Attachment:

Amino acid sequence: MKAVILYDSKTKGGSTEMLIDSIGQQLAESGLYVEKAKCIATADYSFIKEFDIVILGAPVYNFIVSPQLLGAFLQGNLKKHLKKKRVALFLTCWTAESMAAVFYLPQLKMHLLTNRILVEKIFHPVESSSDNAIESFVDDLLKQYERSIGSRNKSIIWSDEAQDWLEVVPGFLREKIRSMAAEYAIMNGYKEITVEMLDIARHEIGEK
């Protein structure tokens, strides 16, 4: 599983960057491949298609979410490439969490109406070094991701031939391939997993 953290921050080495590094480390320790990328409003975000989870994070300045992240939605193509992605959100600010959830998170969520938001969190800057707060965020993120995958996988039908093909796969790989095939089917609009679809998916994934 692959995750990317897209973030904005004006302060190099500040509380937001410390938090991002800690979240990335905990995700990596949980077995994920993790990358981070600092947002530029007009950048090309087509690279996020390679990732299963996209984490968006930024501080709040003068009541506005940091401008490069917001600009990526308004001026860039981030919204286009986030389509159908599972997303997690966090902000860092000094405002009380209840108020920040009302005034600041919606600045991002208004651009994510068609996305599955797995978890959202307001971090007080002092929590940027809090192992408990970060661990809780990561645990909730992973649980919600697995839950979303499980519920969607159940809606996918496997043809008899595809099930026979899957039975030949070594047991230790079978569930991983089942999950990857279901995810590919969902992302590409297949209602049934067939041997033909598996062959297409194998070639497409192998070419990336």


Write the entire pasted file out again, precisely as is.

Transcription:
Amino acid sequence: MKAVILYDSKTKGGSTEMLIDSIGQQLAESGLYVEKAKCIATADYSFIKEFDIVILGAPVYNFIVSPQLLGAFLQGNLKKHLKKKRVALFLTCWTAESMAAVFYLPQLKMHLLTNRILVEKIFHPVESSSDNAIESFVDDLLKQYERSIGSRNKSIIWSDEAQDWLEVVPGFLREKIRSMAAEYAIMNGYKEITVEMLDIARHEIGEK
């Protein structure tokens, strides 16, 4: 599983960057491949298609979410490439969490109406070094991701031939391939997993 953290921050080495590094480390320790990328409003975000989870994070300045992240939605193509992605959100600010959830998170969520938001969190800057707060965020993120995958996988039908093909796969790989095939089917609009679809998916994934 692959995750990317897209973030904005004006302060190099500040509380937001410390938090991002800690979240990335905990995700990596949980077995994920993790990358981070600092947002530029007009950048090309087509690279996020390679990732299963996209984490968006930024501080709040003068009541506005940091401008490069917001600009990526308004001026860039981030919204286009986030389509159908599972997303997690966090902000860092000094405002009380209840108020920040009302005034600041919606600045991002208004651009994510068609996305599955797995978890959202307001971090007080002092929590940027809090192992408990970060661990809780990561645990909730992973649980919600697995839950979303499980519920969607159940809606996918496997043809008899595809099930026979899957039975030949070594047991230790079978569930991983089942999950990857279901995810590919969902992302590409297949209602049934067939041997033909598996062959297409194998070639497409192998070419990336």